ODU Researchers Get $600,000 Award for Diabetes Studies
Sheri Colberg-Ochs, associate professor of exercise science in Old Dominion University's Darden College of Education, leads a team of researchers that has received a $600,000 Clinical Research Award from the American Diabetes Association. Two other ODU faculty members, Steven Morrison from the College of Health Sciences and David Swain from the Darden College, are collaborating with her.
The project, "Protective Health Effects of Differing Types and Intensities of Exercise Training in Individuals with Type 2 Diabetes," is funded for three years and also involves researchers Dr. Aaron Vinik and Henri Parson from Eastern Virginia Medical School.
Regular physical activity can lower the risk of developing type 2 diabetes and many diabetes-related complications, said Colberg-Ochs. However, controversy still exists regarding the optimal amount of exercise needed for improved health and what type of exercise is most beneficial.
The researchers anticipate that their study will identify attainable exercise goals that will provide the most health benefits to anyone with diabetes. In addition, they expect to show which types and intensities of exercise are best for people with nerve damage in their feet who are more prone to foot ulcers, amputations, falls and early disability.
Two studies are planned involving a total of 120 subjects. In one test, a set of people with nerve damage to their feet and another set without the damage will be exposed to various types and intensities of aerobic exercises. Another study involves resistance exercises.
Colberg-Ochs, who is a diabetic as well as a diabetes researcher, is a prolific author on the subject of diabetes and exercise. Her latest book, "The Diabetic Athlete's Handbook," is due to be published later this year.
She turned an exercise guide she developed in the late 1990s into her first book, "The Diabetic Athlete: Prescriptions for Exercise and Sports" (2001). That book was followed by "Diabetes-Free Kids: A Take-Charge Plan for Preventing and Treating Type 2 Diabetes in Children" (2005) and "The 7 Step Diabetes Fitness Plan: Living Well and Being Fit with Diabetes, No Matter Your Weight" (2006).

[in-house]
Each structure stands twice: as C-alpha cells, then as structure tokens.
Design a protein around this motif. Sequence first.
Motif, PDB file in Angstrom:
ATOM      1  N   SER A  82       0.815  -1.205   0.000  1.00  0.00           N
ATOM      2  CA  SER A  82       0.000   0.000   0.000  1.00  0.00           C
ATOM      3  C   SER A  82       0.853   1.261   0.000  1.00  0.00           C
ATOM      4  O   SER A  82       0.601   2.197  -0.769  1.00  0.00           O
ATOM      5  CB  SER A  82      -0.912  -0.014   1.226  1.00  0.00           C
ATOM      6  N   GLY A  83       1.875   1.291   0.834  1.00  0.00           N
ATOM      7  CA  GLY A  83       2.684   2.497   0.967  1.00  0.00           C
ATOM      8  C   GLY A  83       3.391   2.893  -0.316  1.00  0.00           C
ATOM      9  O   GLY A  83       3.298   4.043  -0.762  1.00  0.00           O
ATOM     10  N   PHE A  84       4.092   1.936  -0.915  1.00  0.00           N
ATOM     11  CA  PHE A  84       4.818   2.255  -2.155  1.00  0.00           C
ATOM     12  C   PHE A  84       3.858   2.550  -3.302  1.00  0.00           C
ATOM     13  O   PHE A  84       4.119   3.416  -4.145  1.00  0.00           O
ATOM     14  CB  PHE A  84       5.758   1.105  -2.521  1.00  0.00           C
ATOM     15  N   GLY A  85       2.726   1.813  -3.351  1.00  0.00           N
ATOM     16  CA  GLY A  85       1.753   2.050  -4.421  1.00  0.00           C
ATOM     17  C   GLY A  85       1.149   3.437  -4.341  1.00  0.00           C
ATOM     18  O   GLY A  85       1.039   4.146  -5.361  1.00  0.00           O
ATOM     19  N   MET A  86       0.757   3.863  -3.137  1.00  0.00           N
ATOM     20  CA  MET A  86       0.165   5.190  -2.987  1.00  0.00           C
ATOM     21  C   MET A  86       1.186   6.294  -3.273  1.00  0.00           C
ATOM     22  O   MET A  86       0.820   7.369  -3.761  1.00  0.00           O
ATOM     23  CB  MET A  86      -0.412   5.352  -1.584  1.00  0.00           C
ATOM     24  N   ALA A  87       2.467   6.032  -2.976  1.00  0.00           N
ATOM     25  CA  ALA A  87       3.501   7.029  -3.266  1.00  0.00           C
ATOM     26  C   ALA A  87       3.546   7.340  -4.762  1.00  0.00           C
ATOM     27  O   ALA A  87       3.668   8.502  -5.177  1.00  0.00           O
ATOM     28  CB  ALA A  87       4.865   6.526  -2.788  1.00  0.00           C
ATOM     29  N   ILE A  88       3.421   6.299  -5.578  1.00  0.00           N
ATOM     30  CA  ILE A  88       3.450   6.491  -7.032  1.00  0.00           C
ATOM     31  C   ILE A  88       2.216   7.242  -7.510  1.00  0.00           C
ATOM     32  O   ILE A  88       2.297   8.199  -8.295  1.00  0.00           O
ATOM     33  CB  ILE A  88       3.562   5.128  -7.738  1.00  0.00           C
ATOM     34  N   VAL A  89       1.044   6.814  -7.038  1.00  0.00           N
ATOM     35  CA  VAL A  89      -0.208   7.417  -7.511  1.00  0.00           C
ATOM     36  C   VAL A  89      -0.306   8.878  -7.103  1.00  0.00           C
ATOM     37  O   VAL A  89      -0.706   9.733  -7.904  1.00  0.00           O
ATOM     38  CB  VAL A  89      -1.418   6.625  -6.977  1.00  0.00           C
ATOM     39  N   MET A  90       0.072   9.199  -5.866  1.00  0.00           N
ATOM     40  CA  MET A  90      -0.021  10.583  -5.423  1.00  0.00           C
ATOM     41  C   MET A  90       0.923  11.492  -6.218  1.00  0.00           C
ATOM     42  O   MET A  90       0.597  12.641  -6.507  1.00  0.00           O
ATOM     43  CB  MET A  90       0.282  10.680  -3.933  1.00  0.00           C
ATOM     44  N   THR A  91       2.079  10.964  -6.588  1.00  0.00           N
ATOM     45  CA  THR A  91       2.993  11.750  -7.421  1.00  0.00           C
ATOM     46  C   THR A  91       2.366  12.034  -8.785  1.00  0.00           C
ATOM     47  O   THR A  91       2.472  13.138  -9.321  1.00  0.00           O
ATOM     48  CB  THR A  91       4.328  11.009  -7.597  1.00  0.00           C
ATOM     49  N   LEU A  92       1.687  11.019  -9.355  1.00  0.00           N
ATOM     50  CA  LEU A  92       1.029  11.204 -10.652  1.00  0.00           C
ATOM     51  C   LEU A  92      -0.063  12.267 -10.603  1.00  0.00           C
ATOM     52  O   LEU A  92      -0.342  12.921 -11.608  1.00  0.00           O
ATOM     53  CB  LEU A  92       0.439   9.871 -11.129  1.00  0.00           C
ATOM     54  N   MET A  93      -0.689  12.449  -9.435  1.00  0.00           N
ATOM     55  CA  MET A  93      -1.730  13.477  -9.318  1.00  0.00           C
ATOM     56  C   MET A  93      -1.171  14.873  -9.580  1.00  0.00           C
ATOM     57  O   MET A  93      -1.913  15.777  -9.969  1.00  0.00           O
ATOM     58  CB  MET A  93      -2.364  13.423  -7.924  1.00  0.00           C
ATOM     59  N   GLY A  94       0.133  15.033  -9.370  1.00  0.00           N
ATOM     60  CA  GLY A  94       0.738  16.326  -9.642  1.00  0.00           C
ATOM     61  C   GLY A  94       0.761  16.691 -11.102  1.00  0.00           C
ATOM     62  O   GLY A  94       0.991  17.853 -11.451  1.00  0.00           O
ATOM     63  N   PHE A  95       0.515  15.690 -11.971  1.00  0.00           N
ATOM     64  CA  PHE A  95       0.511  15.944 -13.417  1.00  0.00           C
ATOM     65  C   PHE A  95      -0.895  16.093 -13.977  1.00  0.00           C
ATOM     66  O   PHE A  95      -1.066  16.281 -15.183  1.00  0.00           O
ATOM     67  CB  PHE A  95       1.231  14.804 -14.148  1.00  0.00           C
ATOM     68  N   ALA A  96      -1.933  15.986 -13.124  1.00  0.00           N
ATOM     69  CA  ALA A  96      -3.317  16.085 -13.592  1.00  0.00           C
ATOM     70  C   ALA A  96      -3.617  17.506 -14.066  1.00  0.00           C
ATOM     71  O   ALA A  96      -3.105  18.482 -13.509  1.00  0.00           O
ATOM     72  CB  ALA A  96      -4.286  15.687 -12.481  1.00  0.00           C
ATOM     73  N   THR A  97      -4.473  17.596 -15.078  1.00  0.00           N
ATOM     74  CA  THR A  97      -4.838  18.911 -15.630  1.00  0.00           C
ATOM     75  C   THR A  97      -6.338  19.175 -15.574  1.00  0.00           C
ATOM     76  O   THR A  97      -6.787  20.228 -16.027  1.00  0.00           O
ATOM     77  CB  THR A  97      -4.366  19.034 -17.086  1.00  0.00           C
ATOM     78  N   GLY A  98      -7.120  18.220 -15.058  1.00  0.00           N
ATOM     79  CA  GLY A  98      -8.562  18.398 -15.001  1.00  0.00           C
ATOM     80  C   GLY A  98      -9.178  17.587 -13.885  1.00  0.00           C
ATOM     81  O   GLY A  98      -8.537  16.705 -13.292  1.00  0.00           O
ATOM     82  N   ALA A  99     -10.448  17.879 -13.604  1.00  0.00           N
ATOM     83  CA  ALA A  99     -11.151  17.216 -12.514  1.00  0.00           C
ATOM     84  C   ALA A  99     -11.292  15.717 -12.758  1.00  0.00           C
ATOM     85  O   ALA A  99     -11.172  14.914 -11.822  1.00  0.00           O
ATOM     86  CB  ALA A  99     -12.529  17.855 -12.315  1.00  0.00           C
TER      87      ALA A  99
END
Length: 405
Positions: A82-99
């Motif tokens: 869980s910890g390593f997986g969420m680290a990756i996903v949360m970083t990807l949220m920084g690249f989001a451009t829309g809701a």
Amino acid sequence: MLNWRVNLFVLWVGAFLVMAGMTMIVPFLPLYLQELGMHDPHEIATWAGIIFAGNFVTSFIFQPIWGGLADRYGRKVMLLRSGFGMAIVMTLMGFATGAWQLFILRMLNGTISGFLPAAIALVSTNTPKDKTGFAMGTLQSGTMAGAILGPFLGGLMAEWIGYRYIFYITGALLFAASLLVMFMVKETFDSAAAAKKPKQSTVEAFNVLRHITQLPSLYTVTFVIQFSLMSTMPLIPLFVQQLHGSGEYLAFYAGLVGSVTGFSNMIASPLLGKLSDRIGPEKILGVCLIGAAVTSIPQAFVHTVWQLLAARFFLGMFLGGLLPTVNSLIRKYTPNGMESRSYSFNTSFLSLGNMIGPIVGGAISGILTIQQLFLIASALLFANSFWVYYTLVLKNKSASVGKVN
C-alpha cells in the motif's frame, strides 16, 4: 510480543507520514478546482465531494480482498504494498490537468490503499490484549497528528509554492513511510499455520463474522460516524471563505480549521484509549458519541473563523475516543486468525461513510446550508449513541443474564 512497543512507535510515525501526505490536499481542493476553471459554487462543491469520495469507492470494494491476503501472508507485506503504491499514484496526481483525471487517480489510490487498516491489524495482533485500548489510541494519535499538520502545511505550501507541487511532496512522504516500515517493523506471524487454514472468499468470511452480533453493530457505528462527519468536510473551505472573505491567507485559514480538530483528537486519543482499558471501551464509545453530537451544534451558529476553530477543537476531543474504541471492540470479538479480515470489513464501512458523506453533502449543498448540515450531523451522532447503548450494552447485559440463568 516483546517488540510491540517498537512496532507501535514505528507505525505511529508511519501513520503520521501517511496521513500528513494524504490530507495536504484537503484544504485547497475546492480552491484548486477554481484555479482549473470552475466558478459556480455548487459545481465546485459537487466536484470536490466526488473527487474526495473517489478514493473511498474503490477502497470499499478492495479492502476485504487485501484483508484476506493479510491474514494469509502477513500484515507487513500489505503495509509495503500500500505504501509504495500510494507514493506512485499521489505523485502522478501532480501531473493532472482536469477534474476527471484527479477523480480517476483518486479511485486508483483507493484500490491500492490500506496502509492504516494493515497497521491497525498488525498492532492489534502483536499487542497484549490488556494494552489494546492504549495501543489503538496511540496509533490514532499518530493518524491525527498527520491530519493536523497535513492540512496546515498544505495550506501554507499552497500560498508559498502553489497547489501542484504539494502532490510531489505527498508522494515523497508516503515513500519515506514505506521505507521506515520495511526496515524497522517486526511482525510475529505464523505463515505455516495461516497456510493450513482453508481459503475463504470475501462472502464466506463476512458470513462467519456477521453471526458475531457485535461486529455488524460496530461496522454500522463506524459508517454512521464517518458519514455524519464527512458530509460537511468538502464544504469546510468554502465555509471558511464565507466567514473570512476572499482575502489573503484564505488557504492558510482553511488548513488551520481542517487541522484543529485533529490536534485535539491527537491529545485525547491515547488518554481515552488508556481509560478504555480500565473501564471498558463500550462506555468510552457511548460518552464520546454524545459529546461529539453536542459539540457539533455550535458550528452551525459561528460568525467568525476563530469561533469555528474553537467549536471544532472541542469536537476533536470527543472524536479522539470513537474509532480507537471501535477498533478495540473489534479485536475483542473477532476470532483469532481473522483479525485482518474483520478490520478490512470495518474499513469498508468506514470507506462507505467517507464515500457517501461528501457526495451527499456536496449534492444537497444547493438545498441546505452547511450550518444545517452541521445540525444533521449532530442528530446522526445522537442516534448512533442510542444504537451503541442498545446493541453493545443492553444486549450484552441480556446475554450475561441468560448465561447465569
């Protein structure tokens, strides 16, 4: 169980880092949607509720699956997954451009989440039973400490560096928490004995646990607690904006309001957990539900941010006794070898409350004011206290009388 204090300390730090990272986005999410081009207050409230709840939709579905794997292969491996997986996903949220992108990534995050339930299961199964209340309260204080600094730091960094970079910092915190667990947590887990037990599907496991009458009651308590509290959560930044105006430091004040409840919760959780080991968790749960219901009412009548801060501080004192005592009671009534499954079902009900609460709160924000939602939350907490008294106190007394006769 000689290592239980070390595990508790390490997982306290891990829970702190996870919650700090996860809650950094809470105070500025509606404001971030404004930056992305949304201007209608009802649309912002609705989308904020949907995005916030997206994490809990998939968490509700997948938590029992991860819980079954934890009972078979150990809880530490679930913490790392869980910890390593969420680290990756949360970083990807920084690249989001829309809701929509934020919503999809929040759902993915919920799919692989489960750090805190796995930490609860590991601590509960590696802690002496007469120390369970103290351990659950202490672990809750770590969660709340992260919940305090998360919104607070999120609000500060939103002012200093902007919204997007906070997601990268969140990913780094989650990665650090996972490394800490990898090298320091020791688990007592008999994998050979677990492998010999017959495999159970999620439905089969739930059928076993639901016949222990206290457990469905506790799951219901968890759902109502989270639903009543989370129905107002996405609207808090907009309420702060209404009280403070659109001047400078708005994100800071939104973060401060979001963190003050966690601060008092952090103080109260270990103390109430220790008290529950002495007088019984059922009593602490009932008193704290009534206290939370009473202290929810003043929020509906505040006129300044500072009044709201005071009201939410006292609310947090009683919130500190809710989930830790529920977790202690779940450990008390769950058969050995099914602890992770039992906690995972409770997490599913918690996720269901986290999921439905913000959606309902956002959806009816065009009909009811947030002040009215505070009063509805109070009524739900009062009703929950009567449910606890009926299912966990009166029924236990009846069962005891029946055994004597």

"The Science of Staying Young" (2007), which Colberg-Ochs wrote with the St. Louis University gerontologist, Dr. John E. Morley, focuses more on exercise than diabetes. Her fifth book, "50 Secrets of the World's Longest Living People with Diabetes" (2007), is co-authored by Dr. Steven Edelman, an endocrinologist who directs the nonprofit organization Taking Control of Your Diabetes. Colberg-Ochs, who interviewed more than 50 people for "50 Secrets," said, "The more I learn about diabetes and exercise, the more convinced I become that exercise is absolutely essential for anyone living with diabetes or prediabetes-to prevent complications and enhance longevity."
Morrison, endowed professor of physical therapy, has research interests in motor control and biomechanics. One focus of his work is the effect of factors such as disease and aging on human balance control. He directs the School of Physical Therapy research laboratory.
Swain, University Professor of exercise physiology, is widely known for his research showing the benefits of vigorous exercise. That work was featured in an article in Newsweek magazine in 2007. He developed the concept of VO2Reserve, indicating the range of oxygen consumption between resting and maximum consumption, which has been adopted by the American College of Sports Medicine for use in prescribing exercise regimes. Swain also directs the university's Wellness Institute and Research Center, which offers therapeutic exercise classes for people with various diseases, including diabetes, pulmonary disease and heart disease.
Vinik, director of the Strelitz Diabetes Research Institute at EVMS, is a leading diabetes researcher who recently garnered international attention in media and professional circles for his discovery of a gene that could lead to a cure for the disease. Parson directs the microvascular biology laboratory at the Strelitz Institute. She holds a doctorate in biomedical sciences from the joint program of EVMS and ODU.
This article was posted on: June 10, 2008
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